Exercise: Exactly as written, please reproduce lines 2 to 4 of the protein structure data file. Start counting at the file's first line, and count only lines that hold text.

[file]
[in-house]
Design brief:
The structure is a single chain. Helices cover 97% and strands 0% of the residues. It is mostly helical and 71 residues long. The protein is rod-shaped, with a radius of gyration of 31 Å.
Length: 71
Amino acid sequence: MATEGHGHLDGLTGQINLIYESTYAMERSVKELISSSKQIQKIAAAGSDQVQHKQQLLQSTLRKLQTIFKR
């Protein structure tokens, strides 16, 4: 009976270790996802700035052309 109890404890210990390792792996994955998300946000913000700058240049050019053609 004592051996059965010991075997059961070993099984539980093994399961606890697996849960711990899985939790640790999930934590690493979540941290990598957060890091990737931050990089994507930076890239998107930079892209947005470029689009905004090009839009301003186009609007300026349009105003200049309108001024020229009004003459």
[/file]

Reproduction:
Design brief:
The structure is a single chain. Helices cover 97% and strands 0% of the residues. It is mostly helical and 71 residues long. The protein is rod-shaped, with a radius of gyration of 31 Å.
Length: 71